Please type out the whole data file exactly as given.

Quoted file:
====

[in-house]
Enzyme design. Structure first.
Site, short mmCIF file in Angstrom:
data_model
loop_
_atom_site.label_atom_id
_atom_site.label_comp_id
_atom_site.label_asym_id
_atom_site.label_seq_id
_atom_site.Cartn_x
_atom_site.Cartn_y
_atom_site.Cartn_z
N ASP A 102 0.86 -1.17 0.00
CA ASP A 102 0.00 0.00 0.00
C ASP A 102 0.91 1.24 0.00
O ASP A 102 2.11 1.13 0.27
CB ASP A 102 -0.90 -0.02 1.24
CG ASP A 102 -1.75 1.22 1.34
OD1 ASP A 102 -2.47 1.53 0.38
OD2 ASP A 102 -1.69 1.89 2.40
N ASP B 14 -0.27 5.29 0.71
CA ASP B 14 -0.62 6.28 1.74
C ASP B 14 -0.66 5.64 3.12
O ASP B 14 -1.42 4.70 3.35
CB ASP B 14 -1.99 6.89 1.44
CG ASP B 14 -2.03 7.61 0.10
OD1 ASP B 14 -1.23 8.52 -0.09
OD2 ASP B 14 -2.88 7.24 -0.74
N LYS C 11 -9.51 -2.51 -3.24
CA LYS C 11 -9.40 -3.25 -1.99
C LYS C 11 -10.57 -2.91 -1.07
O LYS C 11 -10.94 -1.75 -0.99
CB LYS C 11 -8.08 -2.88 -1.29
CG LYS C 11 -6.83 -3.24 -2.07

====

[in-house]
Enzyme design. Structure first.
Site, short mmCIF file in Angstrom:
data_model
loop_
_atom_site.label_atom_id
_atom_site.label_comp_id
_atom_site.label_asym_id
_atom_site.label_seq_id
_atom_site.Cartn_x
_atom_site.Cartn_y
_atom_site.Cartn_z
N ASP A 102 0.86 -1.17 0.00
CA ASP A 102 0.00 0.00 0.00
C ASP A 102 0.91 1.24 0.00
O ASP A 102 2.11 1.13 0.27
CB ASP A 102 -0.90 -0.02 1.24
CG ASP A 102 -1.75 1.22 1.34
OD1 ASP A 102 -2.47 1.53 0.38
OD2 ASP A 102 -1.69 1.89 2.40
N ASP B 14 -0.27 5.29 0.71
CA ASP B 14 -0.62 6.28 1.74
C ASP B 14 -0.66 5.64 3.12
O ASP B 14 -1.42 4.70 3.35
CB ASP B 14 -1.99 6.89 1.44
CG ASP B 14 -2.03 7.61 0.10
OD1 ASP B 14 -1.23 8.52 -0.09
OD2 ASP B 14 -2.88 7.24 -0.74
N LYS C 11 -9.51 -2.51 -3.24
CA LYS C 11 -9.40 -3.25 -1.99
C LYS C 11 -10.57 -2.91 -1.07
O LYS C 11 -10.94 -1.75 -0.99
CB LYS C 11 -8.08 -2.88 -1.29
CG LYS C 11 -6.83 -3.24 -2.07